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London Data Centre theft brings up worrying questions

Burglars (opens in new tab) posing as policemen successfully made their way into a data centre near London's King's Cross station on Thursday 6th December.

According to a Metropolitan Police statement, "Three to five male suspects, dressed as police officers, gained entry to the property at approximately 21:00 by claiming to a member of [Police] staff".

They stole equipments worth one million pounds according to some sources; the bounty included micro-system motherboards but apparently no storage devices.

Because of their specific nature, these motherboards would be very difficult to sell even on Ebay, especially as they would come without any warranty.

Telecommunications company Verizon Business, who runs the data centre (opens in new tab), did not confirmed the nature of the data lost or the exact value of the appliances stolen.

Although the building was equipped with state of the art security, the heist shows that human beings are still the weakest link in any security systems and that social engineering is one of the most effective tools conmen have.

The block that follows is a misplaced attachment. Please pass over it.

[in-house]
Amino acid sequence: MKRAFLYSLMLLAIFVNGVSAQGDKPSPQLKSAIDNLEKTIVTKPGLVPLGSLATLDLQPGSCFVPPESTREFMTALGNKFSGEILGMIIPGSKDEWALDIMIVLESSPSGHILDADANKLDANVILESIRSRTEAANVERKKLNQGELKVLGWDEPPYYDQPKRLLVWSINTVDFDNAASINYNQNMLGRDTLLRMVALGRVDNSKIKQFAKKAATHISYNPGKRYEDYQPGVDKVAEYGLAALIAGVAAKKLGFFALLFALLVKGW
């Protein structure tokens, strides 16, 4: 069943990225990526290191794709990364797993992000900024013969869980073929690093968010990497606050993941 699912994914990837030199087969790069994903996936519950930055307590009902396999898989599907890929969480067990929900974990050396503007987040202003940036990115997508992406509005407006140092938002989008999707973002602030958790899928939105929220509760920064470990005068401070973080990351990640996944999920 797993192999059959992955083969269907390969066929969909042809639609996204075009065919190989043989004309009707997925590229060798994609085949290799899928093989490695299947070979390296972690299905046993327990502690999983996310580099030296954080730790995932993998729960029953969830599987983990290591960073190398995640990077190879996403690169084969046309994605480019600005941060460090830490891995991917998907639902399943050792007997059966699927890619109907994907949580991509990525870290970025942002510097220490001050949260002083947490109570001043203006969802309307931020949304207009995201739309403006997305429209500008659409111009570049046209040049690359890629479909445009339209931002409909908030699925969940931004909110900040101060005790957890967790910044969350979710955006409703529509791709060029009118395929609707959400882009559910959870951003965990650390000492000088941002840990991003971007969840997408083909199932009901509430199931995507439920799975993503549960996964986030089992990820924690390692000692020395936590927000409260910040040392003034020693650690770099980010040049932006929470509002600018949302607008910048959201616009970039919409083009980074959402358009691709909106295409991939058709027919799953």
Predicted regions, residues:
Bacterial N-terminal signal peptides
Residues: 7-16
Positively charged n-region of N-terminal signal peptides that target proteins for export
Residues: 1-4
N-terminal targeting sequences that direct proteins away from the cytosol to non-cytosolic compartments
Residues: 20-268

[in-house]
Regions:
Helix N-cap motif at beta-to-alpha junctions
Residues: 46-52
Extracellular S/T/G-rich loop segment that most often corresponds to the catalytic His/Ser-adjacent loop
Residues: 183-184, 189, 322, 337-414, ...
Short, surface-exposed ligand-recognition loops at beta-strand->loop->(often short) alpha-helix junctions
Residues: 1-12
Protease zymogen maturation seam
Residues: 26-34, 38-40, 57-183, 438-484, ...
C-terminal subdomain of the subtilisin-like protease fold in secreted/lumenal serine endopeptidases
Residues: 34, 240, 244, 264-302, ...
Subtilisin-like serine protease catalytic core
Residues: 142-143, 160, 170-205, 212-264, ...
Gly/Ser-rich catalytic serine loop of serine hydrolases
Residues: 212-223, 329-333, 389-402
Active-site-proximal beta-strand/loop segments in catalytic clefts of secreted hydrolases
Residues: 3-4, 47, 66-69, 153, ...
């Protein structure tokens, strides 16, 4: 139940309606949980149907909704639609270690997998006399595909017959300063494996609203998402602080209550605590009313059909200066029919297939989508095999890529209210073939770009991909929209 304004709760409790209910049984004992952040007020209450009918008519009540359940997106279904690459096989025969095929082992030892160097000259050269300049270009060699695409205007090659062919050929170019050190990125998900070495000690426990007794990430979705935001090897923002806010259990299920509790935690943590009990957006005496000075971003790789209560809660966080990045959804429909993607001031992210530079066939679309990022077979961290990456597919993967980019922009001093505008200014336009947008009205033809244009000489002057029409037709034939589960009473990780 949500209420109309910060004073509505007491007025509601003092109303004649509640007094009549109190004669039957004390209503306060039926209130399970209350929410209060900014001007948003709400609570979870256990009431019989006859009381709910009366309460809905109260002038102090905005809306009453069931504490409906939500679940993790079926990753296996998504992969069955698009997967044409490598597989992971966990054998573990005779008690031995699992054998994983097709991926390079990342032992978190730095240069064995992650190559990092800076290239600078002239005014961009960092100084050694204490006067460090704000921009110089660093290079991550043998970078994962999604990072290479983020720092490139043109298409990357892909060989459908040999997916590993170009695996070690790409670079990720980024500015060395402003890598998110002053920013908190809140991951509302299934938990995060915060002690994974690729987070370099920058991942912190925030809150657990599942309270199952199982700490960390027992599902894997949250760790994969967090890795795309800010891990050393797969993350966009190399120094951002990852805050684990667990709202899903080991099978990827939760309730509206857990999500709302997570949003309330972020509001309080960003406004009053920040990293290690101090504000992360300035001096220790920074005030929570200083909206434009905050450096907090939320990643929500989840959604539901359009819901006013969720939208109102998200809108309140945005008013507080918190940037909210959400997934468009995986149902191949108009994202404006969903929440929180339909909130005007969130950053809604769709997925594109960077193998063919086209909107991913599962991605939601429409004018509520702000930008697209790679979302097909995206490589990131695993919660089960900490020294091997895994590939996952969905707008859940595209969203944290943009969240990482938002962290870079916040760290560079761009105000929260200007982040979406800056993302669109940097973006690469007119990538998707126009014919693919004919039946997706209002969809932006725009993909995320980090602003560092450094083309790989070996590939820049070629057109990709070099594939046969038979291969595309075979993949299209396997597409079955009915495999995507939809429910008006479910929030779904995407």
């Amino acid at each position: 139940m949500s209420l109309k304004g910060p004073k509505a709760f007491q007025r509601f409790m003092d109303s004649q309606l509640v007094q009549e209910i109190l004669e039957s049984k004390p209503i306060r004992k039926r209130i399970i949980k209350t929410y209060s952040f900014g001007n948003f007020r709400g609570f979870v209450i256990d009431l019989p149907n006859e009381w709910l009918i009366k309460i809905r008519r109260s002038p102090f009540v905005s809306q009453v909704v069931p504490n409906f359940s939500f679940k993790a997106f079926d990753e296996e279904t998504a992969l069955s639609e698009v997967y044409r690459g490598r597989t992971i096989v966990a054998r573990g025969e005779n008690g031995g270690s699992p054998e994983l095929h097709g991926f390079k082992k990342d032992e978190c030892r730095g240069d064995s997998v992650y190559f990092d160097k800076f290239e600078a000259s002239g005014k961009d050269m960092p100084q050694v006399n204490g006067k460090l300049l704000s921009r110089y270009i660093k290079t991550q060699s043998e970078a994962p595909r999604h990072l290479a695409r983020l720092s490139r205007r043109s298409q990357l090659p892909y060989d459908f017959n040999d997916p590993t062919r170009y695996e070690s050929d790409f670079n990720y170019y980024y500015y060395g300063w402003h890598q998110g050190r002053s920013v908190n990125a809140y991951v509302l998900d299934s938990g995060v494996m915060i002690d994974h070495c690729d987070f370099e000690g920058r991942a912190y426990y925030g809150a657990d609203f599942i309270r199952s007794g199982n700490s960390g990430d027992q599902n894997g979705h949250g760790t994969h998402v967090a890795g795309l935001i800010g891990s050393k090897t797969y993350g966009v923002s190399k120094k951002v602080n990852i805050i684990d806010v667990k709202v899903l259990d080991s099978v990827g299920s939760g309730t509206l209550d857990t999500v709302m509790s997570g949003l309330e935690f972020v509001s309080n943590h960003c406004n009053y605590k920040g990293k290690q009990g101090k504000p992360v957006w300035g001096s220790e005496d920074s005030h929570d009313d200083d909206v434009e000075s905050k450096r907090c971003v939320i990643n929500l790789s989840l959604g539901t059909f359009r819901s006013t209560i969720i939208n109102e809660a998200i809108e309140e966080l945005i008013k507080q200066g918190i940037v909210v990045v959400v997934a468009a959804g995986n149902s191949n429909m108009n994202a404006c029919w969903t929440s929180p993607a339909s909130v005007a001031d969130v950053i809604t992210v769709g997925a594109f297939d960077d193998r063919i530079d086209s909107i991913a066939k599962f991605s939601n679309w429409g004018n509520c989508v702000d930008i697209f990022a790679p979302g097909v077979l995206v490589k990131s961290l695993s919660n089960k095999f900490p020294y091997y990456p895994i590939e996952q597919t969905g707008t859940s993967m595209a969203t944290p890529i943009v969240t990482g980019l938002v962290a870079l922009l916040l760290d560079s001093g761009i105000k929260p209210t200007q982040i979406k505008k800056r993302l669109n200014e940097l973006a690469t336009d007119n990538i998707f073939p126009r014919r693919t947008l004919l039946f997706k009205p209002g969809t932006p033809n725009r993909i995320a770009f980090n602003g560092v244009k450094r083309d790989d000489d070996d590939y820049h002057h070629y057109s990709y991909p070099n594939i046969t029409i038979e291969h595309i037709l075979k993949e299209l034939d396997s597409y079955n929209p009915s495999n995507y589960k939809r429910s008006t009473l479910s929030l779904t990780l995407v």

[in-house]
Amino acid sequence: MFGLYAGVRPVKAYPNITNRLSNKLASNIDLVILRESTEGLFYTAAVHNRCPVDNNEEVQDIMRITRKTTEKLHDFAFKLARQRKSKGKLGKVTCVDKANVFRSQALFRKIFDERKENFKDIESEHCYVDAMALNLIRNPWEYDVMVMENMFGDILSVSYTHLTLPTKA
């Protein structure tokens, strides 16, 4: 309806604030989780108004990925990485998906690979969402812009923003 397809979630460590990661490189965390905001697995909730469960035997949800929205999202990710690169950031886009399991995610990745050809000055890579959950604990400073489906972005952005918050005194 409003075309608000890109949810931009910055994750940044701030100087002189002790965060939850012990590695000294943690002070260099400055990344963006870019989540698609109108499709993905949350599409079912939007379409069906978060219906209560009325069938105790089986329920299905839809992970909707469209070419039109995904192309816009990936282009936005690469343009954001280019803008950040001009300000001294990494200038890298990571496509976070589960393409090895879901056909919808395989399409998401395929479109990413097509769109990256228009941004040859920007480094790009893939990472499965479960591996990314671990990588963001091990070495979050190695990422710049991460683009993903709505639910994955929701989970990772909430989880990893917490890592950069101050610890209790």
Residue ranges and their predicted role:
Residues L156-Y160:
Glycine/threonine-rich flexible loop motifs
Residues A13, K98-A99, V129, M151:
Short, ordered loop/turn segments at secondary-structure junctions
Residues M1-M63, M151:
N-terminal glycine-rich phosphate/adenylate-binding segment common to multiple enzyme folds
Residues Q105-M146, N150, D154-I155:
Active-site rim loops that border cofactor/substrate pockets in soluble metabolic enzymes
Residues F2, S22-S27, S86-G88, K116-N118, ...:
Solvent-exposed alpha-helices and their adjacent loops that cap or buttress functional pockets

It also raises the question of whether data centers are not quickly turning into honey pots for criminals both offline and online.

Another London data centre owned by Easynet was broken into back in October 2006.

No arrests have been made yet.

Désiré Athow

Désiré has been musing and writing about technology during a career spanning four decades. He dabbled in website building and web hosting when DHTML and frames were en vogue and started writing about the impact of technology on society just before the start of the Y2K hysteria at the turn of the last millennium. Following an eight-year stint at where he discovered the joys of global tech-fests, Désiré now heads up TechRadar Pro. Previously he was a freelance technology journalist at Incisive Media, Breakthrough Publishing and Vnunet, and Business Magazine. He also launched and hosted the first Tech Radio Show on Radio Plus.